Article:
• Dr. Lorraine Lee—Professor of Accounting, Cameron School of Business
  • Dr. Yang Song—Associate Professor of Computer Science, College of Science & Engineering

Resources Shared:

 

 

Responsible Participatory Qualitative Data Research: A Xicana's Methodological Journey in Decolonizing Gang Life Studies

Date: Thursday, February 15 from 1:00-2:00 pm
Speaker: Amy Martinez
Registration linkhttps://uncw.zoom.us/meeting/register/tZUud-2opz8uGtUsES8pcXs8lFjy0howPc4S 

Dr. Amy Andrea Martinez’s fourteen years of ethnographic experience with a local community have led her to develop strong ethical data practices. Reflecting on methods she has used in her ongoing work, “Santa Bruta--Home of El Indio Muerto: The Colonial-Carceral City’s Attempt to Eliminate the ‘Mexican’ Problem,” which investigates the intricate dynamics of settler colonialism and carcerality of Mexican/Chicano gang members in Santa Barbara, this presentation strategically broaches notions of researcher positioning and advocates for a cultural methodology rooted in compassion, love, and intimacy. Dr. Martinez will describe how she applies Linda Smith’s decolonizing methodologies that are based around principled rejection of “drive-by” and extractivist research. This approach not only enriches the researcher’s personal development but also contributes positively to the lives of those studied, fostering genuine connections and mutual understanding that to this day have stood the test of time. Martinez brings up additional important components of responsible qualitative data research, including acknowledging researcher identity to draw from personal experiences, and critical introspection that builds emotional investment and connection between researcher and community. Attendees are encouraged to come with questions about protecting subject privacy, representation, time commitment, and more. Please note: This presentation will not be recorded, though slides and suggested resources will be available afterwards.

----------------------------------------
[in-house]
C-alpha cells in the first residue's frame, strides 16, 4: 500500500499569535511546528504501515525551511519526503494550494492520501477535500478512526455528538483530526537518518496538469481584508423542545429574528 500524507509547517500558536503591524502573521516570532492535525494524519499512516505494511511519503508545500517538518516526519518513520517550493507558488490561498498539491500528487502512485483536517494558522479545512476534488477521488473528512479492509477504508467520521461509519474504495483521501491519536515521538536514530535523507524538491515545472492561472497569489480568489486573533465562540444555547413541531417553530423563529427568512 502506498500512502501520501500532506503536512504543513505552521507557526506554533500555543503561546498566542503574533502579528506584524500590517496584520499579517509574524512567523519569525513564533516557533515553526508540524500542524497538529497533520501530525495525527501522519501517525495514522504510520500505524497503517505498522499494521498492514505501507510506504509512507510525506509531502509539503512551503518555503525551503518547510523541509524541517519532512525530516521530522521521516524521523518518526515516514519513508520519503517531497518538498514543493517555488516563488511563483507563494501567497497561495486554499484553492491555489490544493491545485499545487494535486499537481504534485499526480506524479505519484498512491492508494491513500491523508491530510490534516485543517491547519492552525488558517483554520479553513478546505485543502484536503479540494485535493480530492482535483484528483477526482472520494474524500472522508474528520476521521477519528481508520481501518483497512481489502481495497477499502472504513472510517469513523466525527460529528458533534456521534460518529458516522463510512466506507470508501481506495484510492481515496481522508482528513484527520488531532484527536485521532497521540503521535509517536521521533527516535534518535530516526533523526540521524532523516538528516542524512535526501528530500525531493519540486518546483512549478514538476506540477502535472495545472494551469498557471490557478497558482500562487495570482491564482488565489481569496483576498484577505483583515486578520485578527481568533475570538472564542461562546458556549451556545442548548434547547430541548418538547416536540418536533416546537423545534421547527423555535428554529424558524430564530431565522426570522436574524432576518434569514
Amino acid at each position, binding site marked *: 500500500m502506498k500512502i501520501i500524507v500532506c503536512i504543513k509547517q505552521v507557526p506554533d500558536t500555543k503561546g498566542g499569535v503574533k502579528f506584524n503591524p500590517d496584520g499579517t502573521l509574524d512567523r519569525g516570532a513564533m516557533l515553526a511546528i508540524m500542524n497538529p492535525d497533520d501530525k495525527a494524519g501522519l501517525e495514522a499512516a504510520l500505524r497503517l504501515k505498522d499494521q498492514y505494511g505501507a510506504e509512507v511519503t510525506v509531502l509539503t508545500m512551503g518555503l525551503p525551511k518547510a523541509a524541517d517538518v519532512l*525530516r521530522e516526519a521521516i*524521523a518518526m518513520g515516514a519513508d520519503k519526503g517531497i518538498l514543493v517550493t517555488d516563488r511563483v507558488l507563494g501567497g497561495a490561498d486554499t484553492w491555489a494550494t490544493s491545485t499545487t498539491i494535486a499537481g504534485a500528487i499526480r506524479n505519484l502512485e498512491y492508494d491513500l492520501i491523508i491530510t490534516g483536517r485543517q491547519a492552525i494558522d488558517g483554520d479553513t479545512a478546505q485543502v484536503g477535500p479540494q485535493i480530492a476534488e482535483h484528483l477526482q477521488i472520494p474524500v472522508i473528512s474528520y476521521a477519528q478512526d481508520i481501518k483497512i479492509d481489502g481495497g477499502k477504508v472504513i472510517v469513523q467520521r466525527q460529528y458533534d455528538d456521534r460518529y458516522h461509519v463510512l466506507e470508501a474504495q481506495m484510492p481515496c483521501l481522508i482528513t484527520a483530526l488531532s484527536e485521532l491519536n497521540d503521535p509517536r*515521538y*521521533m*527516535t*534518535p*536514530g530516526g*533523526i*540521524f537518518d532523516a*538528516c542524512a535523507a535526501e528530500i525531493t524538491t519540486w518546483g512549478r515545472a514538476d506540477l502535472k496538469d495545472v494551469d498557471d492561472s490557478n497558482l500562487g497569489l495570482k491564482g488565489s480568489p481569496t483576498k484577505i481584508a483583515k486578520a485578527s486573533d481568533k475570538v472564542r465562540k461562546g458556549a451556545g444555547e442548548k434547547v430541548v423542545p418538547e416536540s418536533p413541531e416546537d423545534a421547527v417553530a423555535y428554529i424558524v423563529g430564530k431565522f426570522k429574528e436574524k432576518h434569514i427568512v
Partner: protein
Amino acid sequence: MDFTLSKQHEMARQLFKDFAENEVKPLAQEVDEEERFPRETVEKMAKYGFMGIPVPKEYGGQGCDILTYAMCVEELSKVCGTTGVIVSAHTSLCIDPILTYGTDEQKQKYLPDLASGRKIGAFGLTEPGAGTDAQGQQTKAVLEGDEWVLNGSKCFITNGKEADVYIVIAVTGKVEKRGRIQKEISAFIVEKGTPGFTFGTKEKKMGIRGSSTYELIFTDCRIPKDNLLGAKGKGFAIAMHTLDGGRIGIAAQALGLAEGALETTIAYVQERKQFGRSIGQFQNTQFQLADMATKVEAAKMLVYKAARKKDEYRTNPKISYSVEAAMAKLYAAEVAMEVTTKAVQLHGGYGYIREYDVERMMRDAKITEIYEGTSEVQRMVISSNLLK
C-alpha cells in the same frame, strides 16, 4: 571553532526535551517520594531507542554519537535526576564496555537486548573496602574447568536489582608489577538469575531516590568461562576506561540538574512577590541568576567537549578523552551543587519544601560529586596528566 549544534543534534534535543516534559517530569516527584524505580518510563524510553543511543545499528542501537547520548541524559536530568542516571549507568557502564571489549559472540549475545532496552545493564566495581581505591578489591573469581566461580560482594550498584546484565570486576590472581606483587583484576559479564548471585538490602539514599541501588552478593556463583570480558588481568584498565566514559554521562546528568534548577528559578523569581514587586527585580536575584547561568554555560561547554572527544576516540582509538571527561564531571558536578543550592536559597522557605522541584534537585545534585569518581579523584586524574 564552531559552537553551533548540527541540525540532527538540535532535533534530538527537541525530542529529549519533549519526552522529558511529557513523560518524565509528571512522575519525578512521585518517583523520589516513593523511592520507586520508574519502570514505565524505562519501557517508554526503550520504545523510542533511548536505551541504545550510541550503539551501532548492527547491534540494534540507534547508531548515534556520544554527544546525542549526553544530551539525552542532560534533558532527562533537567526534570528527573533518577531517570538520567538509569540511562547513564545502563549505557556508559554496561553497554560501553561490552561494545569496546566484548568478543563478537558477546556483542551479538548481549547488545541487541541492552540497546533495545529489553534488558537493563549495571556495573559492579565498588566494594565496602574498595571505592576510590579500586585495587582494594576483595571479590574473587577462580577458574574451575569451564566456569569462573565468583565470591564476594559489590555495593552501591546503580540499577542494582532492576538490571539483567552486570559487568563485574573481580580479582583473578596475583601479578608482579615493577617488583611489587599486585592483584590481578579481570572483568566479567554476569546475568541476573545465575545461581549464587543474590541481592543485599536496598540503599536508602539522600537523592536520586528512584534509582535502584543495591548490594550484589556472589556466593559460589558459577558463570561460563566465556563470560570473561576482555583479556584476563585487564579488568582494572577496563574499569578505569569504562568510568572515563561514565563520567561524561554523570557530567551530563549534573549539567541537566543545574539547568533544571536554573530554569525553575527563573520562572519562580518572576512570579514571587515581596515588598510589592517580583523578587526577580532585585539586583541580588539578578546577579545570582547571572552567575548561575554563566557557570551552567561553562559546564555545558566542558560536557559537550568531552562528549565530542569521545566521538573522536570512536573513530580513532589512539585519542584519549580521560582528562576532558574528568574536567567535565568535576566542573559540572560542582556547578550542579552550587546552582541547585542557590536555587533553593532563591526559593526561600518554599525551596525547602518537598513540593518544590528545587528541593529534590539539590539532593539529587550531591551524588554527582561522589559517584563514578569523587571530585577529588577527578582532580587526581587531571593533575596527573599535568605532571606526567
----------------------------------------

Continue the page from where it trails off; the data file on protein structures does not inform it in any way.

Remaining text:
About the Speaker:

Dr. Amy Andrea Martinez earned her doctoral degree in Criminal Justice from the Criminal Justice Studies Department at John Jay College of Criminal Justice at the City University of New York. Her research interests include Mexican/Chicano Gang Culture, Mass Incarceration, Third World and Indigenous Qualitative Research Methods, U.S. (Settler) Colonialism, Police Use of Lethal Force, and Prison/Police Abolition. As a first-generation, working-class, and system-impacted Xicana from Southern California, her experiences inform her commitment to decolonial gang research on Mexican/Chicano/a families and their associations and experiences with gang and street life. Currently, she serves as a Latino Social Sciences Pipeline Postdoctoral Fellow at UC Berkeley within the Latinx Research Center, contributing to the advancement of Latinx scholarship in her field. Simultaneously, Dr. Martinez holds the position of Assistant Professor in the Justice Studies Department at San Jose State University.

 

 

Quantitative Analysis: Methods of Teaching Across the Disciplines

Date: Friday, February 16 from 10:30-11:30 am
Speakers: Jim Blum (moderator), Yea-Jyh Chen, Derek Grimes, Michele Parker, Brock Ternes, and Yishi Wang
Registration linkhttps://uncw.zoom.us/meeting/register/tZ0of-GuqDgqGdSyUusuu6LKSVujPDit2W9Q